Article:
The evaluation of teaching for promotion and/or tenure, contract renewal or merit raises involves multiple windows into a faculty member’s teaching including: peer review, student evaluation and self-assessment, narratives or inventories. The following is a guide to assist evaluators when conducting an evaluation of teaching.
Critique teaching methods and evidence of improved student learning.
Look for a discussion of the approaches the faculty member takes in their courses. Research indicates that courses which require students to take an active role in constructing knowledge are more effective in facilitating student learning than ones in which students passively listen to lectures. Does the faculty member provide evidence of efforts to assess and improve student learning in their classes?
Identify contributions to the curriculum and teaching culture.
Faculty members should show sensitivity to how their efforts further the curriculum and larger education goals of the department and university. They should also give a sense of how they contribute to your department’s unique teaching culture.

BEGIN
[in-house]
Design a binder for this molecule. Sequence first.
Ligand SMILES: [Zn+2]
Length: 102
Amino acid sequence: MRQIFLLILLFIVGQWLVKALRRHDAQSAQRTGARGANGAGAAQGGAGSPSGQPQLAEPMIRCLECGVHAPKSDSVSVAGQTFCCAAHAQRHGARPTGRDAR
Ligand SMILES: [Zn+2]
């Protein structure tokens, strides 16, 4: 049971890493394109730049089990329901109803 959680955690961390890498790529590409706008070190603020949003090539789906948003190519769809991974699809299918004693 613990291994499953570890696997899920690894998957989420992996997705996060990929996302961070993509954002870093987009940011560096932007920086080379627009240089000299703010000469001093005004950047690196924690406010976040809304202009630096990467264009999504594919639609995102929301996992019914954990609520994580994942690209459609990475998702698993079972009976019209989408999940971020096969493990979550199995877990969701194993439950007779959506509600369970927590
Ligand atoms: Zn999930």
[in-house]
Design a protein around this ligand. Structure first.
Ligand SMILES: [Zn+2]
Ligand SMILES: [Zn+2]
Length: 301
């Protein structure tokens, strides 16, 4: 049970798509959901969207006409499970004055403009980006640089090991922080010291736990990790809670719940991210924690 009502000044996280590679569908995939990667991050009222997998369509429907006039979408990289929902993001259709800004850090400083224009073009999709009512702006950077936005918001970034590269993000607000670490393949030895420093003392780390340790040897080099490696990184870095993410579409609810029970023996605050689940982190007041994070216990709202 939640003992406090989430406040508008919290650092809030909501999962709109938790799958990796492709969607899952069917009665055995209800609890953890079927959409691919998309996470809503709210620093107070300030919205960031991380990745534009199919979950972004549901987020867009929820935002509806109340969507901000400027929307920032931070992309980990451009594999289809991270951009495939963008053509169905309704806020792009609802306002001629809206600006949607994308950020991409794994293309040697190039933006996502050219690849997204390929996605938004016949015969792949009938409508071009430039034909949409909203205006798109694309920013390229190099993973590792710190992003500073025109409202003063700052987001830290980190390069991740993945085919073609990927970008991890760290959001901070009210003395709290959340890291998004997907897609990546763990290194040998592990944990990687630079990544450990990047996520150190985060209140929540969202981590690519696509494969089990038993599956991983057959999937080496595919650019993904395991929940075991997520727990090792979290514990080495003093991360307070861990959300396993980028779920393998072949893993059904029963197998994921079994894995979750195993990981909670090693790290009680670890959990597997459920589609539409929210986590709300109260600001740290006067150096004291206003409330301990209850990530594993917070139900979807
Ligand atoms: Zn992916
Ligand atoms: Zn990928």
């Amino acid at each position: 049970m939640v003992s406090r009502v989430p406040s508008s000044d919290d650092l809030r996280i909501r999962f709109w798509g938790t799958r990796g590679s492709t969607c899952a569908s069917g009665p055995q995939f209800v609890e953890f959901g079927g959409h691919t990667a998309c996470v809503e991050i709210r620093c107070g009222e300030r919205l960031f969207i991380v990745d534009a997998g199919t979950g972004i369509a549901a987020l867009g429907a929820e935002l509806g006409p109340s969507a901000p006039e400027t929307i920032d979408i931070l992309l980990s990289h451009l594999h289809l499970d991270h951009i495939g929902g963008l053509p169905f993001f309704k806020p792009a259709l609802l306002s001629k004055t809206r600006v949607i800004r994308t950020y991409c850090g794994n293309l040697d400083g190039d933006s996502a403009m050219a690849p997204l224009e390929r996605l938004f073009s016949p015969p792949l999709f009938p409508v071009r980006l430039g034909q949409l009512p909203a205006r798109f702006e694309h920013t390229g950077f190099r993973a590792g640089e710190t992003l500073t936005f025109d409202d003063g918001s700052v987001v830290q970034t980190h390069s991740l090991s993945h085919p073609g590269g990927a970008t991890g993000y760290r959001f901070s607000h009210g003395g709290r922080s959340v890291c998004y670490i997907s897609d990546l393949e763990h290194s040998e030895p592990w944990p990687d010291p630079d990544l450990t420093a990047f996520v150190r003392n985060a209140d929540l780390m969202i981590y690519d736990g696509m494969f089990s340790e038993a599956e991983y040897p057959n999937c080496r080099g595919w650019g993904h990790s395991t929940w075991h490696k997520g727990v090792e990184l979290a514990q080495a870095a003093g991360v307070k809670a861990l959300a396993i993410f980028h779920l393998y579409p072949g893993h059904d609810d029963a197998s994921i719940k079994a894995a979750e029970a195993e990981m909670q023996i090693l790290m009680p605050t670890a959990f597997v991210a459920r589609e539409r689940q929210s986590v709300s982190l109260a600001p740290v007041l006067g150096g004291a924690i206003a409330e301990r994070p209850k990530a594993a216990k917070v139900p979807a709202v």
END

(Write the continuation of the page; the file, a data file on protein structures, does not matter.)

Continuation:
Document evidence of professional teaching development.
Look for evidence of awareness of the larger picture of teaching and learning and the faculty member’s efforts to improve through professional teaching development. What workshops or education-related session at conferences have they attended? How have they worked to improve their teaching overtime? Are recommendations from peer review of teaching implemented in future courses?
Describe contributions to the university’s equity and inclusion goals.
The faculty member should document concrete efforts and practices designed to create an equitable and inclusive classroom. These might include things like getting to know student names and building classroom community; being transparent about the purpose of class activities, processes of expert thought, and criteria for evaluation of student work; explaining the purpose of critical feedback; presenting the contributions of identity-diverse experts to research fields and knowledge itself as contested and dynamic, etc.
Mindfully critique student evaluations with an eye for unconscious biases.
When you turn your attention to student evaluations of teaching, it is important to be aware that they may not be a reliable measure of teaching effectiveness. Also, studies show that students’ unconscious and implicit biases generally cause women and minorities to have lower evaluation scores than their white male counterparts. The level of the course and other factors may also affect the results. As an attempt to ensure that student evaluations of teaching do not receive undue and/or uncritical weight in the higher-level evaluations, you should provide context for student evaluation numbers that might raise flags.